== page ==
2. Crayons – broken crayons are melted, remade and resold. The National Crayon Recycle Program has saved over 118,000 pounds of crayons.
  3. Yoga mats – can be made into squishy, comfortable flip flops, thanks to the company Sanuk.
  4. Wine corks – can be turned into flat sheets of tile for flooring or sandals, thanks to companies like TerraCycle and SOUL.
  5. Contact lenses – billions of contact lenses are flushed every year and end up in our oceans. Bausch + Lomb will recycle them for free.
It’s clear to see how recycling has many benefits.

Combating fast fashion, wasting less

After graduating last May with a degree in fashion merchandising and design, Missouri State alumna Melanie Reyes started her own clothing company called Wasteless Apparel, selling a variety of colorful handmade clothing all created with a common goal: zero textile waste. According to the Environmental Protection Agency, more than 16 million tons of used textile waste was generated in 2015 in the United States — 10.5 million tons of this textile waste ends up in landfills. Reyes said she refuses to contribute to the growing environmental problems arising from the fashion industry and wanted to start a company that creates handmade, sustainable clothing. “I think people should spend their money on things that are good quality and not necessarily go for the things that are sold in high quantity,” Reyes said. “Major clothing companies like Forever 21 make products as quickly and as cheaply as possible. It’s fast fashion.”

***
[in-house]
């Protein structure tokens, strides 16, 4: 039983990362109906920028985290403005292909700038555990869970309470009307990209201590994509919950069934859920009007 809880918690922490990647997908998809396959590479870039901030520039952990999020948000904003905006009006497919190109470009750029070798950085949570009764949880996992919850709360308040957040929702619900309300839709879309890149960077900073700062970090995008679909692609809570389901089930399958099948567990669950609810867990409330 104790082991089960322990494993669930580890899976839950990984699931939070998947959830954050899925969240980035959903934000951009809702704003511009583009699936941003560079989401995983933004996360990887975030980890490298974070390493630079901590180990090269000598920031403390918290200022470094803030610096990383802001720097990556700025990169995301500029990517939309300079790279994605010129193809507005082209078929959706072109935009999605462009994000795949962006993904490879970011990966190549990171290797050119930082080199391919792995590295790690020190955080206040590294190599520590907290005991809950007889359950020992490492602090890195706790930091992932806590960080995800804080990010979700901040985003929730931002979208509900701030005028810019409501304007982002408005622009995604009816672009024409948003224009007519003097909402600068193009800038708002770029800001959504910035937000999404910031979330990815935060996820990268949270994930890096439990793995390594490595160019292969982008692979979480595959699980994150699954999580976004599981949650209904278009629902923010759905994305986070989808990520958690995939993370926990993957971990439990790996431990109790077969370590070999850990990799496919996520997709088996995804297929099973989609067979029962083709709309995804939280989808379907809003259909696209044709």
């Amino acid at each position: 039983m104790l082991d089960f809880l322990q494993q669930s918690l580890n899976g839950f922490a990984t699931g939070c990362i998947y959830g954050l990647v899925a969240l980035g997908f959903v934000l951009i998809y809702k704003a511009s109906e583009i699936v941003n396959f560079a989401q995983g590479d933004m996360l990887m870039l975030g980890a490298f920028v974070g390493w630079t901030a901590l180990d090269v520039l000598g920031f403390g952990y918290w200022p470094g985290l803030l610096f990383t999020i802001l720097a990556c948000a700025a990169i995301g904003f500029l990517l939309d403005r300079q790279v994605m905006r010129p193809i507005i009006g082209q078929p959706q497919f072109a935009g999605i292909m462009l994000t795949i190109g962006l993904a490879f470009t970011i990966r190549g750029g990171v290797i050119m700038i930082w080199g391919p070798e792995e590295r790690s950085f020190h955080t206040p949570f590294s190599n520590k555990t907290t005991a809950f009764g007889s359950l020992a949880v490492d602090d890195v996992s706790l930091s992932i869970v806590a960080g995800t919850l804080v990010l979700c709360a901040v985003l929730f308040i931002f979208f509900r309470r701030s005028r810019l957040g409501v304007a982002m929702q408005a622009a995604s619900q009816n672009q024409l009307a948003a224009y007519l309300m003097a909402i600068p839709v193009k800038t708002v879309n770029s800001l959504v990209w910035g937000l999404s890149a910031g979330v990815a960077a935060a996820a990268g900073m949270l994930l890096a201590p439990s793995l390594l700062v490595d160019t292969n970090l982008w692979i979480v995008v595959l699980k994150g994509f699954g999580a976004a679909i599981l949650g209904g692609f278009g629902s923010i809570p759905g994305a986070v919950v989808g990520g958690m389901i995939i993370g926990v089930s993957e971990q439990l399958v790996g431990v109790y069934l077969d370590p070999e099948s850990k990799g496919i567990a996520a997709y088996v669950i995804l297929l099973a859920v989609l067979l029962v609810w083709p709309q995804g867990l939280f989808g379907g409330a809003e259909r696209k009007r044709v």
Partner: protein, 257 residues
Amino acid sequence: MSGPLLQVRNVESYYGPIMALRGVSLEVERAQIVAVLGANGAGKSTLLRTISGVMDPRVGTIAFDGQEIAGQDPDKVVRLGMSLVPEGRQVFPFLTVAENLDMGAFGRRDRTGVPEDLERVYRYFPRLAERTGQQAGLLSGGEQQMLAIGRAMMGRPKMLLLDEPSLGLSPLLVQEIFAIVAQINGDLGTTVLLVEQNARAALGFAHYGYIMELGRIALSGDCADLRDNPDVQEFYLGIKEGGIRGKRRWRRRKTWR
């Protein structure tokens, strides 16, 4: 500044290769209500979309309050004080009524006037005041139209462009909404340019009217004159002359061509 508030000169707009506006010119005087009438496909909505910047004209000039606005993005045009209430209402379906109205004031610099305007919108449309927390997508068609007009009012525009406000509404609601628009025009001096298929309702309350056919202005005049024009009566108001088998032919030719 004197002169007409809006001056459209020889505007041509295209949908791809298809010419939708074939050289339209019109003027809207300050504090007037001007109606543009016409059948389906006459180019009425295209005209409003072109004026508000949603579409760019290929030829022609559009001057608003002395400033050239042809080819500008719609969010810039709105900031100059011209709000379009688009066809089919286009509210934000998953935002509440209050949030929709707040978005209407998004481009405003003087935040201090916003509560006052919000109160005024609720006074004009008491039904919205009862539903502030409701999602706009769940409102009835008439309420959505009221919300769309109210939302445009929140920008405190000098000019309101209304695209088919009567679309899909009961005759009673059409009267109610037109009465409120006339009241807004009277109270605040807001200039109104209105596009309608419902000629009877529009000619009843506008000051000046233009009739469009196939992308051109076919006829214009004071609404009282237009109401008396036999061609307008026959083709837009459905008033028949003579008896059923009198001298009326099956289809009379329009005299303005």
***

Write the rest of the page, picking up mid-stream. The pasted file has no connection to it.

According to Merriam-Webster, fast fashion is the design, creation and marketing of clothing fashions that emphasizes making fashion trends quickly and cheaply available to consumers “Trends usually last a week or two, and then (the company) moves onto the next thing,” Reyes said. But the problem with this fast-fashion system, Reyes said, is that consumers often dispose of clothing that is “no longer trendy” into landfills instead of recycling or donating the clothing. Clothes from big name companies are often made overseas in sweatshops by children for little pay, Reyes said. According to the International Labor Organization, 152 million children are victims of child labour, and almost half of them work in hazardous child labour. Reyes said her company is the future of fashion, and customers can wear her clothes in good consciousness. “You know where it comes from, and you know someone is working hard in a good ethical environment to create what you’re wearing,” Reyes said. She became inspired to start her own clothing company after an internship in New York with Lilly Fashion, a manufacturing company that creates clothes for Paris Fashion Week — a famous fashion show held in France. “It was a really cool experience just seeing how professionals do their business and witnessing all these new designers come in and working for themselves,” Reyes said. “It really inspired me, and that’s when I decided, ‘I can do this. I can be my own boss.’” Wasteless Apparel was started on April 1, 2018, with the help of her social media coordinator, Sav Snow. Snow is a student at Ozark Technical Community College majoring in graphic design technology. Snow takes and edits pictures for the company Instagram and creates all of the social media captions and posts. Reyes and Snow met through social media after Reyes posted she was in need of a social media coordinator for the brand. “I love what Mel is all about: She won’t use products that harm animals (and) she’s against using products from big clothing companies that use children to make clothes for hardly any money,” Snow said. “She wants to create local, quality products that aren’t too expensive and are up with today’s trends. “Mel wants her customers to truly be happy with what she’s making. She’s not just in it for the money. With most retail clothing stores you don’t get that personal touch that you do with Mel.” Wasteless Apparel offers a wide variety of ‘70s and ‘80s inspired looks, custom orders, thrifted and vintage clothing and everything in between. Reyes makes both men’s and women’s clothing, but she currently has mostly women’s clothing posted on her social media. She plans to incorporate more men’s clothing in the near future. Reyes is starting a Valentine’s collection that will include men’s clothing, and shortly after, she will be doing an exclusive men’s collection. One of Reyes’ customers, Nick Simmonds, contacted her about a custom retro baseball jersey. “I think her company is super impressive,” Simmonds said. “The whole wasteless concept makes sense to me because there’s no reason to be making all new products when someone like Mel can upcycle and make something custom that means something to you out of things that have been donated or thrifted.” Simmonds bought a retro style baseball jersey before for $120 online — Reyes is customizing one for $75.